Kalanchoe delagoensis Care and Propagation Guide

Kalanchoe delagoensis is native to Madagascar and is also known as the ‘chandelier plant’ or ‘lizard plant’. It is an asexual plant, but it still produces flowers. They are trumpet-shaped and the color can range from orange to yellow.

It reproduces by growing small plantlets at the ends of the leaves. The stem can grow to a height of about 3.5 feet and the leaves are almost cylindrical and dark green.

kalanchoe delagoensis care

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Kalanchoe delagoensis Care Guide

Kalanchoe delagoensis is a hardy plant. It does not need too much attention and thrives on minimal care. Here are the detailed requirements of Kalanchoe delagoensis:


Kalanchoe delagoensis loves the sun. However, direct sunlight might prove harmful, especially if you live in an area with very hot summers.

Place your succulent in lightly shaded locations to protect them from harsh sunlight during the day. If you keep them indoors, opt for window sills that receive plenty of light throughout the day.


You need to be careful while watering Kalanchoe delagoensis. They are a drought-resistant plant species, so you need to take care not to overwater them. Always let the soil dry out completely before watering again.

Overwatering will lead to the rotting of the roots and leaves. This can also cause fungal growth, which can quickly take over the entire plant. On the other hand, if you don’t give the plant enough water, the leaves will start drooping and falling off.


Any soil mix meant for succulents will work great for Kalanchoe delagoensis. Succulent soil mixes have good draining power, which is exactly what Kalanchoe delagoensis need since they are prone to overwatering.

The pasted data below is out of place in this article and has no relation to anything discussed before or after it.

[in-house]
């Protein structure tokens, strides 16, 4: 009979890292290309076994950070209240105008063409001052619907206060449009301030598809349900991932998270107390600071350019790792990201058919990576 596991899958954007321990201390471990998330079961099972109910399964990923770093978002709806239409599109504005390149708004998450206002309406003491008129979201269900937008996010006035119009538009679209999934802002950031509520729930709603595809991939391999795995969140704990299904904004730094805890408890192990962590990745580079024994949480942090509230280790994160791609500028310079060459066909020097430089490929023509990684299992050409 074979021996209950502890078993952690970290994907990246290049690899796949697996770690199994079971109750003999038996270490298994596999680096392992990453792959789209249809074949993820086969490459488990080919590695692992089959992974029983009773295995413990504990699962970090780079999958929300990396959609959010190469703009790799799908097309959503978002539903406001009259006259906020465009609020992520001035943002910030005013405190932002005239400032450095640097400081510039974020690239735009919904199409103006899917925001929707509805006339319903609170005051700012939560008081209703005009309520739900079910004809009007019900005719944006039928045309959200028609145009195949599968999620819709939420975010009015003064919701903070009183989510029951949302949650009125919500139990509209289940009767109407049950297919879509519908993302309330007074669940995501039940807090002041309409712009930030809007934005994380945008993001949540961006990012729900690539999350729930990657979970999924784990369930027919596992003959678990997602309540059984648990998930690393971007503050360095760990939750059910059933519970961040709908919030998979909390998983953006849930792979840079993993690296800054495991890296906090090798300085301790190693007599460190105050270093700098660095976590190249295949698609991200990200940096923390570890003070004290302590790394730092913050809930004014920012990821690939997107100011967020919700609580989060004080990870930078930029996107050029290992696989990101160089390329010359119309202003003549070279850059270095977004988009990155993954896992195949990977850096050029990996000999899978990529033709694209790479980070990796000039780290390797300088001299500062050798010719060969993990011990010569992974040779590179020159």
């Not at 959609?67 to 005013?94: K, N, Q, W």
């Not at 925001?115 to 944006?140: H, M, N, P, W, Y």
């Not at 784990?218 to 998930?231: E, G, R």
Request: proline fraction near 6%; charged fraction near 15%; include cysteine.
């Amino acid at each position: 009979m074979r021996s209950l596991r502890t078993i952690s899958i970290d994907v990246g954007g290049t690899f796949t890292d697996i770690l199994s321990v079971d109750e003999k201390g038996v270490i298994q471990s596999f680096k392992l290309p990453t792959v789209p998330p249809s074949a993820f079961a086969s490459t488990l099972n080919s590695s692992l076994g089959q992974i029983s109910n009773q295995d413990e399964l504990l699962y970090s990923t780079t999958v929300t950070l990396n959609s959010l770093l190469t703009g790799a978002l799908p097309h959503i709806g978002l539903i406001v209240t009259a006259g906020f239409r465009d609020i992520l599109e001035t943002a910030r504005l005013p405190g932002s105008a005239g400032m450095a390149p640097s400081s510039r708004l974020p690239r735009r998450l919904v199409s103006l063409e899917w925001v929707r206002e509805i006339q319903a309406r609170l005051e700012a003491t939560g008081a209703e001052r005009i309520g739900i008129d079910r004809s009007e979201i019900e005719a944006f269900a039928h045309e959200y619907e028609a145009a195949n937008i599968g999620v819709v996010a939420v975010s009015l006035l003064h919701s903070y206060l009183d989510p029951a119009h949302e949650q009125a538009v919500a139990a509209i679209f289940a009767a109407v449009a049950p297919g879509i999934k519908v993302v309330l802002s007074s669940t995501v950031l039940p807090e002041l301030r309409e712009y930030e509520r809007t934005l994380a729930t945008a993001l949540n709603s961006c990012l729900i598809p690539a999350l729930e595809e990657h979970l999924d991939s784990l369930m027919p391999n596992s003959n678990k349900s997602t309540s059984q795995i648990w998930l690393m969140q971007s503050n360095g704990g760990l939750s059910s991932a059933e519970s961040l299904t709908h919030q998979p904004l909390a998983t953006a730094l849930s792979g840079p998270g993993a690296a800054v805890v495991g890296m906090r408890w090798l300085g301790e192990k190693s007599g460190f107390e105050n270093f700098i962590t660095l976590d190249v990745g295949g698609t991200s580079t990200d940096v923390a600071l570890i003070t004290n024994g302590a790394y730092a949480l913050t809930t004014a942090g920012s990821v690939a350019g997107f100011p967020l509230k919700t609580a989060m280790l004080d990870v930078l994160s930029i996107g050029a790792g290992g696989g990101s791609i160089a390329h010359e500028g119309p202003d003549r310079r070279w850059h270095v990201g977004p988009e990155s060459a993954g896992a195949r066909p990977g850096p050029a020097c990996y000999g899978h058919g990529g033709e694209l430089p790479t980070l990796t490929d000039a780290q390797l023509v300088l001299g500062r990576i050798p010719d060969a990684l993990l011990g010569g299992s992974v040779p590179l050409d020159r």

If you are making a soil mix at home, take sand and a mixture of peat moss and clay. Mix them together in a ratio of 1:1. This will create a fast-draining medium suitable for most succulents. You can lower the amount of sand if you feel that the potting mix is too loose.

kalanchoe delagoensis care


Kalanchoe delagoensis does not need fertilizer. It is a hardy plant and does well with the nutrients already present in the soil.

If you want to attempt to make your plant more lush and healthy, you can start adding a slow-release fertilizer every month. Liquid fertilizer also works well for Kalanchoe delagoensis.


Kalanchoe delagoensis thrive in warm climates. They love the sunlight and bloom during the summer.

They can survive cold temperatures during the winter, but ideally, the temperature should not drop below 55 degrees Fahrenheit. If you live in an area with extremely cold winters, you need to move your plant indoors to prevent them from freezing.

If you cannot move your Kalanchoe delagoensis indoors, you can cover it with a frost cloth to protect it from the cold.

Pests and Diseases

Kalanchoe delagoensis are not at risk for many pests or diseases. Like all succulents, they are vulnerable to mealybugs and aphids. You need to stay on the lookout for these pests by regularly inspecting the leaves of the plant.

You can wipe down the leaves with an insecticide to get rid of these pests. If you are looking for an organic solution to these pests, neem oil is a good alternative. Make sure to use a diluted version or you will end up burning the plant.

kalanchoe delagoensis succulent

Propagating Kalanchoe delagoensis

The propagation of Kalanchoe delagoensis is unique and is one of the most important features of the plant. In this way, the plant is able to reproduce vegetatively. Fully developed small young plants—also called plantlets—grow on the leaf margins, which often even develop small roots.

These plantlets can easily be removed and potted. For this, the plantlets are to be placed on moist soil and moved to a sunny place. The substrate must then always be kept slightly moist, but should never be wet. The roots usually develop very quickly.

After six months, Kalanchoe delagoensis usually produces plantlets on itself. The mother plant loses the plantlets if they are not separated for the purpose of reproduction. When the plantlets then get on the ground, they root themselves within a very short time. The plantlets can also be removed from the mother plant if no propagation is desired; if the plantlets are separated regularly, the vigor of the plant is better preserved.

In addition to the cultivation of plantlets, classic methods of propagation can also be used. After flowering, the mother of thousands forms plenty of seed capsules that contain hundreds of tiny seeds that can be used for propagation.